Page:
Existing patient-reported outcome (PRO) assessments that measure the human abuse potential for opioid analgesics have been tested exclusively in experienced recreational opioid users, as required by US Food and Drug Administration (FDA) guidance.
The goals of the current studies were to modify items from FDA-recommended abuse potential PRO assessments to specify the analgesic benefits versus the euphoric effects of opioids and to ascertain the clarity, understandability, appropriateness, and validity of the modified questions. This was achieved by conducting cognitive debriefing interviews (CDIs) with patients (≥18 and <65 years) who have chronic pain, were prescribed an opioid daily dose of at least 80 morphine-equivalent milligrams (>30 days to ≤180 days from the date of interview), and did not have a history of recreational opioid use.
Participants in study 1 (n=30) and study 2 (n=7) had a better understanding of the items designed to measure the concepts of drug liking and items designed to measure the desire to take a drug again when reasons for liking and desire to take again were included in the item wording (namely, “due to pain relief ” and “excluding pain relief ”). Most participants indicated no interest in taking their medication for reasons other than pain relief.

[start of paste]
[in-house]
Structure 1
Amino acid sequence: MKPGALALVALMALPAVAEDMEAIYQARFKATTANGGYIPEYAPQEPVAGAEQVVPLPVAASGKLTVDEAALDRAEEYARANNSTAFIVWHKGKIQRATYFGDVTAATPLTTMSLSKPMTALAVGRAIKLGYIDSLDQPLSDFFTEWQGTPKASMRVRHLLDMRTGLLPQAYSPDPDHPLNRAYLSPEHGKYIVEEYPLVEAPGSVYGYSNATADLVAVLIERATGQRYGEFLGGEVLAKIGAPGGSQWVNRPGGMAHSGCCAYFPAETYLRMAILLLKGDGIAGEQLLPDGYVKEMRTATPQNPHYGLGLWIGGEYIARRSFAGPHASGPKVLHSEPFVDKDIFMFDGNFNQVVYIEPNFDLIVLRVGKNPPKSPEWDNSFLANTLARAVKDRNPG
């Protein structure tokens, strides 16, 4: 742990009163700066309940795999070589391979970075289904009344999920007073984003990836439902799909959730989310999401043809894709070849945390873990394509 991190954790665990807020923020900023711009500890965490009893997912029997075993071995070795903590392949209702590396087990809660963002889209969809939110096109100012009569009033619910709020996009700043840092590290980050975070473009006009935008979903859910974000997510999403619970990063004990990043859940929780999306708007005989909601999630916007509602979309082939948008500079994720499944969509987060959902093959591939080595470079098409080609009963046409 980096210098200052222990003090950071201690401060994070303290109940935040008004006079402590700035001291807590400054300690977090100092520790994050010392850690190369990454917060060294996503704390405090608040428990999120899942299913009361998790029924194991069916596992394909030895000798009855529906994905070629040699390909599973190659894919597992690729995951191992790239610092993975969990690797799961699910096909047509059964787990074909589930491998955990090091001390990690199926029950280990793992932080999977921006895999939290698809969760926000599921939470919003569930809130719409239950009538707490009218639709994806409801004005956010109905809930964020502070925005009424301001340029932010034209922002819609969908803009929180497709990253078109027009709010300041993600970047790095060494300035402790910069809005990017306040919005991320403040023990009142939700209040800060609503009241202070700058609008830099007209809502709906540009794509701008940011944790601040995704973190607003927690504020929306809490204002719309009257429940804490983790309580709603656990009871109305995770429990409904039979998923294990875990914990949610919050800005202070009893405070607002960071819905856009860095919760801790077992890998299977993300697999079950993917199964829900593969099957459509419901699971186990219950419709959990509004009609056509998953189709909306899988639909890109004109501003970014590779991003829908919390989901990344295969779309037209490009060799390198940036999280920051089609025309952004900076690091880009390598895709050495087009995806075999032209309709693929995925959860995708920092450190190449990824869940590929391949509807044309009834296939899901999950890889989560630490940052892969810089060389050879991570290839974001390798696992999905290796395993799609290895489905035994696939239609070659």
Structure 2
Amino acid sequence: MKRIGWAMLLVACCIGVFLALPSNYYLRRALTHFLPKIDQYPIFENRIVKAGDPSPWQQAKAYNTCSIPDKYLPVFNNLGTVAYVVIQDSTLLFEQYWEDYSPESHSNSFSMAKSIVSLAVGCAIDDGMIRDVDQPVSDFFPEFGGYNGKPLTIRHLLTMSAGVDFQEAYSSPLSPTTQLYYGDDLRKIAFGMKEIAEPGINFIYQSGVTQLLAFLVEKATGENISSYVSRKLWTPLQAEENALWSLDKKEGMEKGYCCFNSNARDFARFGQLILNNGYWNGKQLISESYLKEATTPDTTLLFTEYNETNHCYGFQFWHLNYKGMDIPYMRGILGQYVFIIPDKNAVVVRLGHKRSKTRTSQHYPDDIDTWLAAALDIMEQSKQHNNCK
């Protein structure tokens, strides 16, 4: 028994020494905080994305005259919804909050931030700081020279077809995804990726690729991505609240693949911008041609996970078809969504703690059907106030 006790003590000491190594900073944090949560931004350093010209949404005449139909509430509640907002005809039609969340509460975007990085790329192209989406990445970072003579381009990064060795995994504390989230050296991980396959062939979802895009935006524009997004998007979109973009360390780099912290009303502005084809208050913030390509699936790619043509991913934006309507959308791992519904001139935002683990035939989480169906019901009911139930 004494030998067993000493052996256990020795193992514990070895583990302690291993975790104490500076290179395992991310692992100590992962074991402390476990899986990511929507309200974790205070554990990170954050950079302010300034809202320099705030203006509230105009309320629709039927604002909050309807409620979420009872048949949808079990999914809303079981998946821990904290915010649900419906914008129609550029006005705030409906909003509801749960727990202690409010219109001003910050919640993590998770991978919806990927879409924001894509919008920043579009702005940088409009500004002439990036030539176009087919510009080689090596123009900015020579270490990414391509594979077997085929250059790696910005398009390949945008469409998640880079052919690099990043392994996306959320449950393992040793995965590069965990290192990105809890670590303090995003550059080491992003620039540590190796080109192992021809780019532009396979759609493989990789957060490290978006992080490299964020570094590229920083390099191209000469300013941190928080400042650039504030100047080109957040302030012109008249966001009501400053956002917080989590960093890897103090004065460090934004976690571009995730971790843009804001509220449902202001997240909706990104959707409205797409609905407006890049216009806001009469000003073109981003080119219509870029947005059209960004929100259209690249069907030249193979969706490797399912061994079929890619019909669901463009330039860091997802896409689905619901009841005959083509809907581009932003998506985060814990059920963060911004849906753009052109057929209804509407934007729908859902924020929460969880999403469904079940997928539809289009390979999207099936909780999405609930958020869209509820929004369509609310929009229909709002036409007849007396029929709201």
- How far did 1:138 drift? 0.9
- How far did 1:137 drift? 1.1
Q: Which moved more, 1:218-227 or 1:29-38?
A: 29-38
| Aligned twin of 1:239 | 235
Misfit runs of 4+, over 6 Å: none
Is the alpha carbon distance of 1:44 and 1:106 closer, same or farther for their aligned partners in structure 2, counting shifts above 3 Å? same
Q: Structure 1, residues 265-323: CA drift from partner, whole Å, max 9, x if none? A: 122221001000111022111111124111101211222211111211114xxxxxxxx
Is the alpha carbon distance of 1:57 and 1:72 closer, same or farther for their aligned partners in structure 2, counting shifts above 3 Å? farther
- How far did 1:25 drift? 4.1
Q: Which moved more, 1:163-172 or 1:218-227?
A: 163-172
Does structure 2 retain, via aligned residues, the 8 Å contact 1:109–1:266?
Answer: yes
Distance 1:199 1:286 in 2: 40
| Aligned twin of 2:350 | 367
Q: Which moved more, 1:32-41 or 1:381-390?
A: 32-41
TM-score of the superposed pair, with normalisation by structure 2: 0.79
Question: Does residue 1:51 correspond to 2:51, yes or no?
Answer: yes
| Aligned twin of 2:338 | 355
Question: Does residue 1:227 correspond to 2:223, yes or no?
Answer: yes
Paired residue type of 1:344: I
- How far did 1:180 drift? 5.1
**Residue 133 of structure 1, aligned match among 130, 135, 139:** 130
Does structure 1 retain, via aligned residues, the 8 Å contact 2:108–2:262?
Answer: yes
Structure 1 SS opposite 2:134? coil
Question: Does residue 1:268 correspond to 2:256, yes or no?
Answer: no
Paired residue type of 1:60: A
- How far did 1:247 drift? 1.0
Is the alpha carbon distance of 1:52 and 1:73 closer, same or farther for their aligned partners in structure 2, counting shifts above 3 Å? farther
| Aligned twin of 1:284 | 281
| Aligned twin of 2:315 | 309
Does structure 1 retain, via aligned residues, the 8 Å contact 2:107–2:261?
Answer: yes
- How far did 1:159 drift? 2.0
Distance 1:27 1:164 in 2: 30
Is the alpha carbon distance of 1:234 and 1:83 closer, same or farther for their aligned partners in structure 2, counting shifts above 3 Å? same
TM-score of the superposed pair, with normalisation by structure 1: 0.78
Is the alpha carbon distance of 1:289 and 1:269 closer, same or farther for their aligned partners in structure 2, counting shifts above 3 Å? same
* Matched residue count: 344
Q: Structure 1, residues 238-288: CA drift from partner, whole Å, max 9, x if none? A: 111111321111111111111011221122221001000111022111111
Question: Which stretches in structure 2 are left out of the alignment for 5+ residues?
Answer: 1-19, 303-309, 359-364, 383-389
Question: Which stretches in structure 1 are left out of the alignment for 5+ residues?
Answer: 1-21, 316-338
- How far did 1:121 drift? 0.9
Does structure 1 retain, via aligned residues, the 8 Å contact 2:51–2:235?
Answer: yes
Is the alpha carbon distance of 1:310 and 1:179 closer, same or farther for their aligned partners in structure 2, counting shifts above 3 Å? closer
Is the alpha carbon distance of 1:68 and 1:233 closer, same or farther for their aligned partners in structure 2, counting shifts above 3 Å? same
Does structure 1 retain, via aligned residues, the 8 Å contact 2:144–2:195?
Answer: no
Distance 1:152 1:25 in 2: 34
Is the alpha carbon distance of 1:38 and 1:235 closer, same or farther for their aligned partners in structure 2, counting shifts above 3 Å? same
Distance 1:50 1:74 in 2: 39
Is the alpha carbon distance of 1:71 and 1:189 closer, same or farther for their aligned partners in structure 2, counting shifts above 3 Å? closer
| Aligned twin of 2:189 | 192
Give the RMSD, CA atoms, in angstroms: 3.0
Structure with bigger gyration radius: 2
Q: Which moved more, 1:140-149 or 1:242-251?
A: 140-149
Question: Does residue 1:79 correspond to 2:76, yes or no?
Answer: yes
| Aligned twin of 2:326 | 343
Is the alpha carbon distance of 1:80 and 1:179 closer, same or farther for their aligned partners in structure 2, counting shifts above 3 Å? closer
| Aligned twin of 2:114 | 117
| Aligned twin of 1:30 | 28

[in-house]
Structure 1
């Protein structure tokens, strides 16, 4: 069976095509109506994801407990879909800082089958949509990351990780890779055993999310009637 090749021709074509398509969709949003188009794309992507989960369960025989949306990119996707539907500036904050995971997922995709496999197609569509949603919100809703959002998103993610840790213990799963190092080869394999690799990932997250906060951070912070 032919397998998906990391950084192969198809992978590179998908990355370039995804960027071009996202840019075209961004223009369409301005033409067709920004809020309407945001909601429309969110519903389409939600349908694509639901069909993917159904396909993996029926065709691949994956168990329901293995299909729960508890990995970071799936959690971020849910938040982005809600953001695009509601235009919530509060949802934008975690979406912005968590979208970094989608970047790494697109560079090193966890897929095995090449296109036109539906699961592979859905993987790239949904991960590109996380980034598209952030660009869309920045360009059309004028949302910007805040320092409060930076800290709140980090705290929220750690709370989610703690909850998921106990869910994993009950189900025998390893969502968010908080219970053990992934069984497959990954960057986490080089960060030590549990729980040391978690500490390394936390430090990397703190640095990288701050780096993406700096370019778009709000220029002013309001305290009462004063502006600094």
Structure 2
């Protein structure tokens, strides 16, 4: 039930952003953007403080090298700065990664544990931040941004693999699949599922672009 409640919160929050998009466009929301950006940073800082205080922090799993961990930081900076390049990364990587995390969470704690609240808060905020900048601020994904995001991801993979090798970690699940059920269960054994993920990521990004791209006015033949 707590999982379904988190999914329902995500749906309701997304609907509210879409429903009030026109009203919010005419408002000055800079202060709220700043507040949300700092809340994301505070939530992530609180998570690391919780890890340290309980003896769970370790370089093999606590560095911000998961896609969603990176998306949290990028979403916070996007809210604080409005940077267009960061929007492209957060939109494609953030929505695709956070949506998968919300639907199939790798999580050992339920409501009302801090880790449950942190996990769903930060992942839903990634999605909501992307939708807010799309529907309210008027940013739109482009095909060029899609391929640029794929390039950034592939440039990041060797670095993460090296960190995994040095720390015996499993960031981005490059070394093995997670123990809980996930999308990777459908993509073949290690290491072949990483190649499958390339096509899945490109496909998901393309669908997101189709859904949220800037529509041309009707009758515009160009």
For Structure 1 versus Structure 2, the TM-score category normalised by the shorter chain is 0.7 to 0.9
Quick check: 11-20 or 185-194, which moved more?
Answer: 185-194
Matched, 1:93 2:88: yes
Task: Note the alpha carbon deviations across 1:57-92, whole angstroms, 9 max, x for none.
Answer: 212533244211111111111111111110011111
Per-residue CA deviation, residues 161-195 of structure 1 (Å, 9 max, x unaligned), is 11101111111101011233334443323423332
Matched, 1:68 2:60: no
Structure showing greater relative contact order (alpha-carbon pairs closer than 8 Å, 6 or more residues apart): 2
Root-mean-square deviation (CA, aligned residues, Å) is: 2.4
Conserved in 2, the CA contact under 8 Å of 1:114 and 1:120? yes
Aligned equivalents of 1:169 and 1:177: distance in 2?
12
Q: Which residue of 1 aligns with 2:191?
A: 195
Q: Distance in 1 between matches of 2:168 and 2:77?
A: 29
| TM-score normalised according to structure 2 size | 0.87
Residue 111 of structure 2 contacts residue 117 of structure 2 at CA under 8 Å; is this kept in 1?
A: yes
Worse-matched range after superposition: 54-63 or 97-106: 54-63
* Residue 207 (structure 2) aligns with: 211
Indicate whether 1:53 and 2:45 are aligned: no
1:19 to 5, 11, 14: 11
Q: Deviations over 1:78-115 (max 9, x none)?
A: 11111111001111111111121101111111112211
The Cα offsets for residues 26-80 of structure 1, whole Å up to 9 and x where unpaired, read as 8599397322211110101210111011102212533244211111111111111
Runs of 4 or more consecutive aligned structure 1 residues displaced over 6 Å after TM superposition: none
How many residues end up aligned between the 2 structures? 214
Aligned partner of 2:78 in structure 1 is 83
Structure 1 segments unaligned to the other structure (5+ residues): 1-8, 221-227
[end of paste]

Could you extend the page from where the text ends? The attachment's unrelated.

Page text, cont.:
Modification of questions in the PRO assessment improved patient understanding of “drug liking” and “desire to take again.” Patients with chronic pain who were not recreational opioid users understood the difference between the analgesic and euphoric effects of an opioid drug. The modified questions should assist future researchers in providing a more accurate assessment of the abuse potential of an opioid, as required by regulatory agencies.